Highly Effective Anger Management for Teens

The problems teens face are unique and challenging – every teen goes through rough spots that triggers their anger. But anger can be disruptive to everything in your life – and hence managing it is vital.

What is anger

To manage anger, you have to first understand what it is. Anger isn’t wrong, or bad. But more importantly, it doesn’t give you power. Anger is a defence mechanism. It lets you and others know that something is wrong – that someone is doing something that you don’t like.

It is only when anger is expressed in an unhealthy way that it becomes dangerous. And anger can be addictive, especially when it gives you a “rush” of power – and it can make everyone afraid of you – further making you think that you are powerful because of anger.

But think rationally – anger is costing you a lot. It can affect your friends, your romances, your family relationships, your social standing (although sometimes it doesn’t look like it), your work, and your studies. This is where anger management comes in, and by reading this, you’ve taken the first steps to maturity and true power.

Overcoming anger is true power

The best way to deal with anger is to acknowledge it. Know that you are angry – it is there to protect you, after all. But deal with it in a powerful, mature way. Screaming, shouting, and physical violence is childish and weak, despite how it may make you feel.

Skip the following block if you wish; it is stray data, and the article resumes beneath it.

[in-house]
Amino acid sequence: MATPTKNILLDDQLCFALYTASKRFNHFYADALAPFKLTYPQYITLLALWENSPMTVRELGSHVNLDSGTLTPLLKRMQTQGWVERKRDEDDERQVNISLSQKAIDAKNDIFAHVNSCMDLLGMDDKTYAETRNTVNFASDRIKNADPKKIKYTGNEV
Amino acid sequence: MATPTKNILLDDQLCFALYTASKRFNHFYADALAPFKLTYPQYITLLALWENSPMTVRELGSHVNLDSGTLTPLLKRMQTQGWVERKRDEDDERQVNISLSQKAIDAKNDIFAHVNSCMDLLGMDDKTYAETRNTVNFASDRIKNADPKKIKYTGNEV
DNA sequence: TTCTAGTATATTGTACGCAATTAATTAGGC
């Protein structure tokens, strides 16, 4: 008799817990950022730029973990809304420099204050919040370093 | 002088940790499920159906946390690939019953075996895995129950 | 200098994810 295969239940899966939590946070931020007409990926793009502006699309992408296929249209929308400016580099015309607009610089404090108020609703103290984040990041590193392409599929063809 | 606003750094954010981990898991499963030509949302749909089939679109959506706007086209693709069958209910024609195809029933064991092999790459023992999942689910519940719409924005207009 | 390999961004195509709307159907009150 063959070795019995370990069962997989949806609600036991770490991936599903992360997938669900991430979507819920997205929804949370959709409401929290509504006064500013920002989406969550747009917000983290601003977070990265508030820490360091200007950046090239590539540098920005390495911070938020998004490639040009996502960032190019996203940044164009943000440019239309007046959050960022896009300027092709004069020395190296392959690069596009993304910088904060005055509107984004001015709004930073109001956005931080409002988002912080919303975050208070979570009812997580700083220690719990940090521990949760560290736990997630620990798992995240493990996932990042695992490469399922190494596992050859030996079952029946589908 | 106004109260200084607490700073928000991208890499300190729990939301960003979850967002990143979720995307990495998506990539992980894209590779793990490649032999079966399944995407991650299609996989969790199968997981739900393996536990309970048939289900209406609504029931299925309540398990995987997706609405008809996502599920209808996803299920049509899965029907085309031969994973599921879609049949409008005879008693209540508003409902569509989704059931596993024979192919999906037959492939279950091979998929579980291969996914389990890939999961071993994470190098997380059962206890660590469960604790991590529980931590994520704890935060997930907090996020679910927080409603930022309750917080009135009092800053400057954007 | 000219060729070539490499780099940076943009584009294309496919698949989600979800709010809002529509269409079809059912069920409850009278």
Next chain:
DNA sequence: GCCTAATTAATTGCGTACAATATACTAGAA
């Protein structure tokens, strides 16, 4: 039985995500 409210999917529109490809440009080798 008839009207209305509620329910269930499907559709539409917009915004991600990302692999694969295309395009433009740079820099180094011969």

When you recognise your anger rising, the best way to manage it is to stop thinking. What do I mean by that? Your thoughts are what cause you to be angry. Whenever something happens, your mind will flash out “How dare he!” or “How can she do that to me!” Sometimes the angry thought is triggered by past memories, or worry about the future. Sometimes it is an event that makes you angry – a traffic jam, or a sporting event you lost, for example.

Your thoughts then begin to feed your anger. The anger rises and makes the thoughts even more distorted and charged, which in turn makes your anger worse.

So – cut off the anger at its source. By stopping the thoughts, you keep a clearer head – anger can make you see the situation as much worse than it actually is. When you stop the thoughts, the anger dies out soon after it (not immediately though) because it has nothing to feed it.

What are the best ways to stop your thoughts? Standard anger management practices teach you to actually replace your angry thoughts with positive thoughts. They suggest doing so by repeating a positive phrase – “Calm down”, or “Take it easy”, or similar. That is a great suggestion – but when you are seeing red, it might be hard to remember.

What has worked the best for me is deep breathing – and feeling it with your body. Feel the air as it goes into your nose, as it goes into your lungs. Do this for a few minutes. As your mind is feeling the air, it is “distracted” and so stops the angry thoughts, allowing your anger to die down. It is helpful to get out of the situation if you can – go for a walk, sit outside for a while.

Emotional maturity

Once you have calmed down, you have regained your power and your control. Think of a mature, assertive way to handle the situation. While each situation is different, and cannot be covered in this article, good guidelines are to express your feelings, but with respect to both yourself and the other person. There is nothing wrong or weak with telling them that they made you angry if you show respect. Only from there is it possible to work something out.